Jean Vigo (1905 - 1934) was a talented, poetic and inspirational French film director of the 1920s and 1930s. He was born in Paris, the son of Miguel Almereyda, a militant anarchist who died in prison in 1919. Jean Vigo suffered from tuberculosis throughout his life, and himself died of septicemia aged only 29. Although he had to struggle all his life, dogged by censorship and financial problems as well as ill-health, he has come to be regarded as one of the most important figures in French cinema.

His first movie, A propos de Nice (1930) ("About Nice"), a silent short, is a satirical look at the tourists in the French Mediterranean resort of Nice, made in 1929 and released the following year. It has a strongly surreal character with unusual camera angles and surprising juxtapositions, cinematographer Boris Kaufman gaining casual or even voyeuristic shots of his subjects, as the film describes a day in the life of the idle rich holidaying there, contrasted with the poorer everyday inhabitants of the town.

Taris, roi de l'eau (1931) ("Taris, king of the water"), a short film about French swimmer Jean Taris, is his least-known film, and is as much an experimental work as a conventional documentary. It was filmed at the Automobile Club de France swimming pool, and at G.F.F.A. Studios in Paris, and largely consists of stylized images of Taris in the water.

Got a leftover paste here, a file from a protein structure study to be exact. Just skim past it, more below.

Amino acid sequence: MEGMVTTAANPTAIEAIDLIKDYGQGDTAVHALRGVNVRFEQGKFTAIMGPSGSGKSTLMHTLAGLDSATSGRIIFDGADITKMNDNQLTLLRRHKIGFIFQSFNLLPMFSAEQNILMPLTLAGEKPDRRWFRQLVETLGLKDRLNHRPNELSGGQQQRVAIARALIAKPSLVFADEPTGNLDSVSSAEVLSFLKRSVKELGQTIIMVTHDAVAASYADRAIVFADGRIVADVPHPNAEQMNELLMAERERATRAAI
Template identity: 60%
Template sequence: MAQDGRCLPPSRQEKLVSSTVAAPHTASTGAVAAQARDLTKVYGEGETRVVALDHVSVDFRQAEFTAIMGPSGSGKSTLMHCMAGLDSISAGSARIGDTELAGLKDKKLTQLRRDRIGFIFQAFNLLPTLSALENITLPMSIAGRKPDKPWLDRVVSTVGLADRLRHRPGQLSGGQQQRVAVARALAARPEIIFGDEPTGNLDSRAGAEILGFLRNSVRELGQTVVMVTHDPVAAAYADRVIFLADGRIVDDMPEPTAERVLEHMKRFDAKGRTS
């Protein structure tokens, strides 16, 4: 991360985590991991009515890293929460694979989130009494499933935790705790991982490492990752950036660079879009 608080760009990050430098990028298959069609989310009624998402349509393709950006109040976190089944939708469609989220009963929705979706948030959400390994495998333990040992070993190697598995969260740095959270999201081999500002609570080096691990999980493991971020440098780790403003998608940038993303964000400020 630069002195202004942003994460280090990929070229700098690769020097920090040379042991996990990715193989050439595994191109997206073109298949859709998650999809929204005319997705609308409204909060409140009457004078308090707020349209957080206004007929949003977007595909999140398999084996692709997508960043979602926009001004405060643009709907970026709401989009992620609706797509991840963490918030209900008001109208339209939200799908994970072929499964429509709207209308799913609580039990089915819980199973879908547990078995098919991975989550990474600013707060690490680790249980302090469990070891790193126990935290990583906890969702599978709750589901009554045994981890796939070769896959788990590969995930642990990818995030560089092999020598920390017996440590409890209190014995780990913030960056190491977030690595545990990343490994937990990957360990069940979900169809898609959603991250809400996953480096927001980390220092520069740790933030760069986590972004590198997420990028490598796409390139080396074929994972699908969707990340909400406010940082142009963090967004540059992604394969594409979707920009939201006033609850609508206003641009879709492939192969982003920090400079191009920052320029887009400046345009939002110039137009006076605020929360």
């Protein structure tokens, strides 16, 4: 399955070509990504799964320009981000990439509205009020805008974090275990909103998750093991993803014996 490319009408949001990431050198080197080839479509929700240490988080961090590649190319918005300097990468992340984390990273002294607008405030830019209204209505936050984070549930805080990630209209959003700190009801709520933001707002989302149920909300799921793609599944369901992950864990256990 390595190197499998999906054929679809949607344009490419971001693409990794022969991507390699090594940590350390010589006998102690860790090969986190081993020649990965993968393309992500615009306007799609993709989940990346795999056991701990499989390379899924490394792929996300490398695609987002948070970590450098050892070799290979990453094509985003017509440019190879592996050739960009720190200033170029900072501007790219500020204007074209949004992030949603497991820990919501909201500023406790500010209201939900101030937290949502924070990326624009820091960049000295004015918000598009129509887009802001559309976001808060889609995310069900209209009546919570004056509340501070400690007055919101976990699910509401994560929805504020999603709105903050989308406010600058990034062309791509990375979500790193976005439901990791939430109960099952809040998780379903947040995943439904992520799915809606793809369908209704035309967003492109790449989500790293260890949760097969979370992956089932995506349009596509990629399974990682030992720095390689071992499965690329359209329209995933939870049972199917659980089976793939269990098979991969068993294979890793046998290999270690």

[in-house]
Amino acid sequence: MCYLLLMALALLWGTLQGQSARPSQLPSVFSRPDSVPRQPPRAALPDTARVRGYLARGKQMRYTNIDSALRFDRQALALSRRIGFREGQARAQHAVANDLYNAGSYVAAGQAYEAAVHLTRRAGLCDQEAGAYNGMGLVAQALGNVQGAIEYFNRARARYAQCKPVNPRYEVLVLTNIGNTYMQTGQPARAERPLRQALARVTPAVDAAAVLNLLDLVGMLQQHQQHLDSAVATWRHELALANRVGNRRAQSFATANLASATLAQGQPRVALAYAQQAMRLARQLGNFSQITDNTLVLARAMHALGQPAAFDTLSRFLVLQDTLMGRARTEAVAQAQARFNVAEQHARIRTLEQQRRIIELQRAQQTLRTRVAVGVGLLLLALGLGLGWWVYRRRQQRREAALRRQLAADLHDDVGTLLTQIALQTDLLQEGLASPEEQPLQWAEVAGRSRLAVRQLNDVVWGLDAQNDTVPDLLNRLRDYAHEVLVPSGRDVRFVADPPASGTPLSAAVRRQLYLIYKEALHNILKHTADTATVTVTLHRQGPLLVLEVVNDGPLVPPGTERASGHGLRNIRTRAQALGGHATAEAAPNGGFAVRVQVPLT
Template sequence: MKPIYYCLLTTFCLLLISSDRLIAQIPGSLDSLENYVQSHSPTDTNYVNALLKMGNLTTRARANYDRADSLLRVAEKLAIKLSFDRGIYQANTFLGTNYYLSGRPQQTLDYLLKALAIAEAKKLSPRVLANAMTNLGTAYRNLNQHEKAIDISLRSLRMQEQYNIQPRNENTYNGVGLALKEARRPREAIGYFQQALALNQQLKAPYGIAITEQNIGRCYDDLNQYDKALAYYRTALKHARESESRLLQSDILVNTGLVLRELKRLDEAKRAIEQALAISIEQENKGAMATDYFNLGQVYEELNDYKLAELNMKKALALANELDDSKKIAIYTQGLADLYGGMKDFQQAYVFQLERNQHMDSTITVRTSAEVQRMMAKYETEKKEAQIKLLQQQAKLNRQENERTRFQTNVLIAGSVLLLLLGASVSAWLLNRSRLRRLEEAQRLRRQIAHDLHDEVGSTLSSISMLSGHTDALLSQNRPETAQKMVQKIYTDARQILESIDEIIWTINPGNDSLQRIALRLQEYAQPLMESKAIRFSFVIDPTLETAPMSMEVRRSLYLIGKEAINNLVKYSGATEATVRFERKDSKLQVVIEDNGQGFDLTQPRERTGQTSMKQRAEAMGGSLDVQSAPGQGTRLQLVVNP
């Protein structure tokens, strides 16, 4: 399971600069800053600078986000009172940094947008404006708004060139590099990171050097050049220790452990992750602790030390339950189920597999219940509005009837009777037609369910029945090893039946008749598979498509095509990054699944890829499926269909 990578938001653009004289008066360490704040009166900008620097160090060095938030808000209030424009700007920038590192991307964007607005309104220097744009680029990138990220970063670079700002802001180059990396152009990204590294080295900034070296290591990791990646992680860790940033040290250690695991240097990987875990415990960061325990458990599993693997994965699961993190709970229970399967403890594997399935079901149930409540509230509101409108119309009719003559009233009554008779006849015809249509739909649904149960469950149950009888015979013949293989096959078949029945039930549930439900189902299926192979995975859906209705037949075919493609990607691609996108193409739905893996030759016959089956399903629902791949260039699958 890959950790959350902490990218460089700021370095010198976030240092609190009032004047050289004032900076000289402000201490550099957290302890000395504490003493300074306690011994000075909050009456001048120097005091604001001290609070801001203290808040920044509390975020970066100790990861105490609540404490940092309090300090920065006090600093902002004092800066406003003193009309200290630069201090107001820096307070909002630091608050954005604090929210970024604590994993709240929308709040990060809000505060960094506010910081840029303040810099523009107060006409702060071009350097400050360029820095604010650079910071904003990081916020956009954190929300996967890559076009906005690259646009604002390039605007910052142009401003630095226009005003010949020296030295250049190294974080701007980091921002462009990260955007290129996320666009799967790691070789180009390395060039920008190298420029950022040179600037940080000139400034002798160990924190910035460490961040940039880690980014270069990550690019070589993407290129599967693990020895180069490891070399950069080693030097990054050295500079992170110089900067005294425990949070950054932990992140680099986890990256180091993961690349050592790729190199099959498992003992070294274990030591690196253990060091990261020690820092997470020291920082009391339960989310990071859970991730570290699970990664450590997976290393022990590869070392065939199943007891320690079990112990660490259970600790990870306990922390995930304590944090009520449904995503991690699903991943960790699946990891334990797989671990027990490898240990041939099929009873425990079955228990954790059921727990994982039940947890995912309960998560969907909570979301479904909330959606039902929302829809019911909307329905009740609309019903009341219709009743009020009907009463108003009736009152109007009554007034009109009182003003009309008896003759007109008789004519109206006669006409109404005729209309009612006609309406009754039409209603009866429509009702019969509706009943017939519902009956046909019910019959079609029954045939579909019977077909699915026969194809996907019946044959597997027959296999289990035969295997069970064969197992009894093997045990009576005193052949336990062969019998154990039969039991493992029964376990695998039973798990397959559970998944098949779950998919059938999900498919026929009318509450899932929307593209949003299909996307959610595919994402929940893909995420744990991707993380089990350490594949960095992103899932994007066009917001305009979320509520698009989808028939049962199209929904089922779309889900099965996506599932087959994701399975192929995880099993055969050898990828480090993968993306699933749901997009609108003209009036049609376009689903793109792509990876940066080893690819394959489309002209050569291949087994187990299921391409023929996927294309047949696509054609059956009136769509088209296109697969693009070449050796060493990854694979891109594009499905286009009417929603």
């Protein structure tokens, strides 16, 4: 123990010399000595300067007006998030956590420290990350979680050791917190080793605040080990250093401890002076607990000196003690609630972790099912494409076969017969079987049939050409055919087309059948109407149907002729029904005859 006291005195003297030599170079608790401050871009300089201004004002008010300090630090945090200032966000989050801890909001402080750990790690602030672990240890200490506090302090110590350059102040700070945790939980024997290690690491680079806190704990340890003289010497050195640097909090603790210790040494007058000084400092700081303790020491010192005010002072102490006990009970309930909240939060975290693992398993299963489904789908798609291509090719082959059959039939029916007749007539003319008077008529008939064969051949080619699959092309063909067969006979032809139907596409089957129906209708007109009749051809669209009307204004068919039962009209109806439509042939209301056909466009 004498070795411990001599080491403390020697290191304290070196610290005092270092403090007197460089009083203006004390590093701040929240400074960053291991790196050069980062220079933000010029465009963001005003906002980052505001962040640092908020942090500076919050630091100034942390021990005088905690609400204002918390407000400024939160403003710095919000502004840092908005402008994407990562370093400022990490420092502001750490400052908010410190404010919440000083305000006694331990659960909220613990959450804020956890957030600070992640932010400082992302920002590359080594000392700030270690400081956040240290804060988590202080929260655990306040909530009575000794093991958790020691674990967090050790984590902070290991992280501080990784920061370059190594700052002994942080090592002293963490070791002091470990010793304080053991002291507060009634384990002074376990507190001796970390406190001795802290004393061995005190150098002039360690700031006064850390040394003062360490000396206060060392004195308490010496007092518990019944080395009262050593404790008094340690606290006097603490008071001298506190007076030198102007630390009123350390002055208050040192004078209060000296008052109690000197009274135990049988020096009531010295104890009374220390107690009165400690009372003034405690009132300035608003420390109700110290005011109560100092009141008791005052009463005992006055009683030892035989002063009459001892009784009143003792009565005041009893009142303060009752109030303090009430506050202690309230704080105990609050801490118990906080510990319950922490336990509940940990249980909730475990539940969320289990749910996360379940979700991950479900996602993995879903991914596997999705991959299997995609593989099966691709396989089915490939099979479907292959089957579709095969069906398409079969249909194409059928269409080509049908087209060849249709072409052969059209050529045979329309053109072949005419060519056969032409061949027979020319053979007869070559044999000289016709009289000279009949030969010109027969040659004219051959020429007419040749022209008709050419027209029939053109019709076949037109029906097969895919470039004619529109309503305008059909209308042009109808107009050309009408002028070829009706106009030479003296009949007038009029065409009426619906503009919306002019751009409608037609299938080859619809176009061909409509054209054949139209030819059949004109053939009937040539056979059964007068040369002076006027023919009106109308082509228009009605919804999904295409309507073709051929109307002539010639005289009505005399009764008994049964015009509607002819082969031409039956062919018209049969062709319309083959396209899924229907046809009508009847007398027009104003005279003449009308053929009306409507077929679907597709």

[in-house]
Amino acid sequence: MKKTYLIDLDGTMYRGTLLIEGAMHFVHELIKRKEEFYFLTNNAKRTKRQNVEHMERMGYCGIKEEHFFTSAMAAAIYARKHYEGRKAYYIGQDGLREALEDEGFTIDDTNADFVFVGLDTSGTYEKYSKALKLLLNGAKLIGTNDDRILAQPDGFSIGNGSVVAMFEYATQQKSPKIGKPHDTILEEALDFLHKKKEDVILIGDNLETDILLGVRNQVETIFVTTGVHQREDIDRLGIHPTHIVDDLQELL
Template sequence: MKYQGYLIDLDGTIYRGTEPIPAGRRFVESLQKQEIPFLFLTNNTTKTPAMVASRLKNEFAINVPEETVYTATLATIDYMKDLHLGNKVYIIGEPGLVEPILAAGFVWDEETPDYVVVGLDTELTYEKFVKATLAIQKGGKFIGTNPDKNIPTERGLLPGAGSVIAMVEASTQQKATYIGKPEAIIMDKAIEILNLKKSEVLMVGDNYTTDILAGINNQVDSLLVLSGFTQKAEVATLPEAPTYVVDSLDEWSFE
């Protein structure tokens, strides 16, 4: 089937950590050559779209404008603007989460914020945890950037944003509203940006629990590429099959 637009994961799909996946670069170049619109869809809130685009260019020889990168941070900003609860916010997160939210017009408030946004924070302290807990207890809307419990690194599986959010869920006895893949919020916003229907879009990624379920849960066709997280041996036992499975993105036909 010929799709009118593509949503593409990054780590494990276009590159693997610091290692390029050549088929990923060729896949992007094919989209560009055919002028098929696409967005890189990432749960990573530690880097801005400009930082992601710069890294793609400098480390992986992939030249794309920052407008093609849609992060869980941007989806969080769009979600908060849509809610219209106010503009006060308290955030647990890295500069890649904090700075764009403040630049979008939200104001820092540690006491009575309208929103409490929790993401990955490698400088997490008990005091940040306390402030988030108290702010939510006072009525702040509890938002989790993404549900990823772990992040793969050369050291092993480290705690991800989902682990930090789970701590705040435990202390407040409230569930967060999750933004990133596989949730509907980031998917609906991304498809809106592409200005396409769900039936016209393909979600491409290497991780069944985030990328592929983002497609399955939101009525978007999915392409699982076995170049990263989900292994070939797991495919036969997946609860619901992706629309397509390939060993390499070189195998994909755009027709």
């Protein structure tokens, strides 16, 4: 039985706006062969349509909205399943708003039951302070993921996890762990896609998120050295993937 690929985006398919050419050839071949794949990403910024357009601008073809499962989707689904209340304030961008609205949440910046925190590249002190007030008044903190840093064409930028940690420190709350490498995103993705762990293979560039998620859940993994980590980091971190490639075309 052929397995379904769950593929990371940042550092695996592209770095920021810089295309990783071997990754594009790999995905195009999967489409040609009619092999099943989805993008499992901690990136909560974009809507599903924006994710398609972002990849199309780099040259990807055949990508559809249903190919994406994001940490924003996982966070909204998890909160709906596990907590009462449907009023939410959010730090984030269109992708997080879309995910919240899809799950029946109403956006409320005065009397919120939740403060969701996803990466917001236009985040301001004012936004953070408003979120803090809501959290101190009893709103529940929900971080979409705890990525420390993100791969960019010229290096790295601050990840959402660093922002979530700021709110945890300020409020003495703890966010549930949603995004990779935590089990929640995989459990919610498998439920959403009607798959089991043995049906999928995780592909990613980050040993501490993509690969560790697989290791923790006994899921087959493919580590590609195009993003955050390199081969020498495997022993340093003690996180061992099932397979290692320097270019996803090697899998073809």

Zéro de Conduite (1933) ("Zero for conduct") is a brilliant short film about rebellious pupils at a boarding school. It was immediately banned by French censors for its subversive message. Vigo had been sent to boarding school following his father's incarceration and death, and it appears that the anarchist spirit of his parents lived on in him. Mixing poetic imagery with a tale of conflict between pupils and teachers, it was highly influential on Lindsay Anderson's film If... Vigo worked as producer, director, writer and editor on his first three films.

L'Atalante (1934), his only full-length film, is a simple and poetic love story between Juliette (Dita Parlo) and Jean (Jean Dasté) taking place on a canal barge. On its first release, it proved to be a commercial disaster, although since his death it has come to be respected as one of the greatest films ever made in France, an influence on the poetic side of French film-making from Jean Renoir to Francois Truffaut and beyond. The script was by Vigo and Albert Riera, based on a scenario by Jean Guinee; Vigo produced and directed.

There are now a number of excellent books written about Vigo. Julien Temple, director of such films as The Great Rock 'n' Roll Swindle and Absolute Beginners, made a highly acclaimed documentary Vigo: Passion For Life in 1998.

Filmography as director

Log in or register to write something here or to contact authors.